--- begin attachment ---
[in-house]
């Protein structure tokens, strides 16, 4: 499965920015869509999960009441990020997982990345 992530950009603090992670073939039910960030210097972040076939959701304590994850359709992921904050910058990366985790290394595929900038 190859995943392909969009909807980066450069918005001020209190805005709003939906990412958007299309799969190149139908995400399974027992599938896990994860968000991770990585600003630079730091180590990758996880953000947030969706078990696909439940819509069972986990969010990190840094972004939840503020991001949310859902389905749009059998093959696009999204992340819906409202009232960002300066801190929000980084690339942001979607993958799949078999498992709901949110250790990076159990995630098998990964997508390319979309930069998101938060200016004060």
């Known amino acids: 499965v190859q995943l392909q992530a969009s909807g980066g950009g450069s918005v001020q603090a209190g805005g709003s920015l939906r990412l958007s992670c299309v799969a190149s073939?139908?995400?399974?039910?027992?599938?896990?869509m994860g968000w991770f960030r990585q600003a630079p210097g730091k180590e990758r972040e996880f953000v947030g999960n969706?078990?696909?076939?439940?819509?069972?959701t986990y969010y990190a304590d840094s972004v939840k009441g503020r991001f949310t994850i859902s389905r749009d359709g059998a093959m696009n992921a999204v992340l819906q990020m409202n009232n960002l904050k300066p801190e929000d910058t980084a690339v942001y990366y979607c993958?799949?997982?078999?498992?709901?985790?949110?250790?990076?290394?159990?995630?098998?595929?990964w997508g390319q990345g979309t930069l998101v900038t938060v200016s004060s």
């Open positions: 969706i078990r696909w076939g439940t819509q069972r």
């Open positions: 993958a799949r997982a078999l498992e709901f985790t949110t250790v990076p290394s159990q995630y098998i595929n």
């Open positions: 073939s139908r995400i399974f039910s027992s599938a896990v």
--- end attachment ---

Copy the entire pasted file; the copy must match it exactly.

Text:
[in-house]
């Protein structure tokens, strides 16, 4: 499965920015869509999960009441990020997982990345 992530950009603090992670073939039910960030210097972040076939959701304590994850359709992921904050910058990366985790290394595929900038 190859995943392909969009909807980066450069918005001020209190805005709003939906990412958007299309799969190149139908995400399974027992599938896990994860968000991770990585600003630079730091180590990758996880953000947030969706078990696909439940819509069972986990969010990190840094972004939840503020991001949310859902389905749009059998093959696009999204992340819906409202009232960002300066801190929000980084690339942001979607993958799949078999498992709901949110250790990076159990995630098998990964997508390319979309930069998101938060200016004060």
């Known amino acids: 499965v190859q995943l392909q992530a969009s909807g980066g950009g450069s918005v001020q603090a209190g805005g709003s920015l939906r990412l958007s992670c299309v799969a190149s073939?139908?995400?399974?039910?027992?599938?896990?869509m994860g968000w991770f960030r990585q600003a630079p210097g730091k180590e990758r972040e996880f953000v947030g999960n969706?078990?696909?076939?439940?819509?069972?959701t986990y969010y990190a304590d840094s972004v939840k009441g503020r991001f949310t994850i859902s389905r749009d359709g059998a093959m696009n992921a999204v992340l819906q990020m409202n009232n960002l904050k300066p801190e929000d910058t980084a690339v942001y990366y979607c993958?799949?997982?078999?498992?709901?985790?949110?250790?990076?290394?159990?995630?098998?595929?990964w997508g390319q990345g979309t930069l998101v900038t938060v200016s004060s």
């Open positions: 969706i078990r696909w076939g439940t819509q069972r």
């Open positions: 993958a799949r997982a078999l498992e709901f985790t949110t250790v990076p290394s159990q995630y098998i595929n």
């Open positions: 073939s139908r995400i399974f039910s027992s599938a896990v």